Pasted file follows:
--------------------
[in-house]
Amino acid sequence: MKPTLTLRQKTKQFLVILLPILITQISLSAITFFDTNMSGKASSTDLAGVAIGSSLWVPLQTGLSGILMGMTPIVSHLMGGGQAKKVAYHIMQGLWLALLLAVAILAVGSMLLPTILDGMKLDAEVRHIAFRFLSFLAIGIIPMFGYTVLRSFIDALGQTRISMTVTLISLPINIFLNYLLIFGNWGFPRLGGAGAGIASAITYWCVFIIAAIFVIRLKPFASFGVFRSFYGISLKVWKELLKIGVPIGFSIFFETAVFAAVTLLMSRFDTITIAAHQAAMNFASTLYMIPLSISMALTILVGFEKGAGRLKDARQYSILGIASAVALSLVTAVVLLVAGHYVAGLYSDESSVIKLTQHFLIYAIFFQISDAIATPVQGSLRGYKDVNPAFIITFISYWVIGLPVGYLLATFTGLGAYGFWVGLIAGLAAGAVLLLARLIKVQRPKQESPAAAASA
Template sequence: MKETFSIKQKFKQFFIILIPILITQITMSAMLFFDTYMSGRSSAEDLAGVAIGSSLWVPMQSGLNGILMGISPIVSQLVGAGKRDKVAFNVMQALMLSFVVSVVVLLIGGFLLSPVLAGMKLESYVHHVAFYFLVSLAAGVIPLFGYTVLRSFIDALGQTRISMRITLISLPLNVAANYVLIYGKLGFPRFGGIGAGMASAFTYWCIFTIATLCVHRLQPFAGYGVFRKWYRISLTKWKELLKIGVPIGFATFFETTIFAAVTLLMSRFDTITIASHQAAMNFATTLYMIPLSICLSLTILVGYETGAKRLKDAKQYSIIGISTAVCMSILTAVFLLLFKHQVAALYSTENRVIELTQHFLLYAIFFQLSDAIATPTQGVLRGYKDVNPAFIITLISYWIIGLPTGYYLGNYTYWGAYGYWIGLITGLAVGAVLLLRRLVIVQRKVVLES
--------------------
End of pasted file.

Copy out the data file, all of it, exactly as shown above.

[in-house]
Amino acid sequence: MKPTLTLRQKTKQFLVILLPILITQISLSAITFFDTNMSGKASSTDLAGVAIGSSLWVPLQTGLSGILMGMTPIVSHLMGGGQAKKVAYHIMQGLWLALLLAVAILAVGSMLLPTILDGMKLDAEVRHIAFRFLSFLAIGIIPMFGYTVLRSFIDALGQTRISMTVTLISLPINIFLNYLLIFGNWGFPRLGGAGAGIASAITYWCVFIIAAIFVIRLKPFASFGVFRSFYGISLKVWKELLKIGVPIGFSIFFETAVFAAVTLLMSRFDTITIAAHQAAMNFASTLYMIPLSISMALTILVGFEKGAGRLKDARQYSILGIASAVALSLVTAVVLLVAGHYVAGLYSDESSVIKLTQHFLIYAIFFQISDAIATPVQGSLRGYKDVNPAFIITFISYWVIGLPVGYLLATFTGLGAYGFWVGLIAGLAAGAVLLLARLIKVQRPKQESPAAAASA
Template sequence: MKETFSIKQKFKQFFIILIPILITQITMSAMLFFDTYMSGRSSAEDLAGVAIGSSLWVPMQSGLNGILMGISPIVSQLVGAGKRDKVAFNVMQALMLSFVVSVVVLLIGGFLLSPVLAGMKLESYVHHVAFYFLVSLAAGVIPLFGYTVLRSFIDALGQTRISMRITLISLPLNVAANYVLIYGKLGFPRFGGIGAGMASAFTYWCIFTIATLCVHRLQPFAGYGVFRKWYRISLTKWKELLKIGVPIGFATFFETTIFAAVTLLMSRFDTITIASHQAAMNFATTLYMIPLSICLSLTILVGYETGAKRLKDAKQYSIIGISTAVCMSILTAVFLLLFKHQVAALYSTENRVIELTQHFLLYAIFFQLSDAIATPTQGVLRGYKDVNPAFIITLISYWIIGLPTGYYLGNYTYWGAYGYWIGLITGLAVGAVLLLRRLVIVQRKVVLES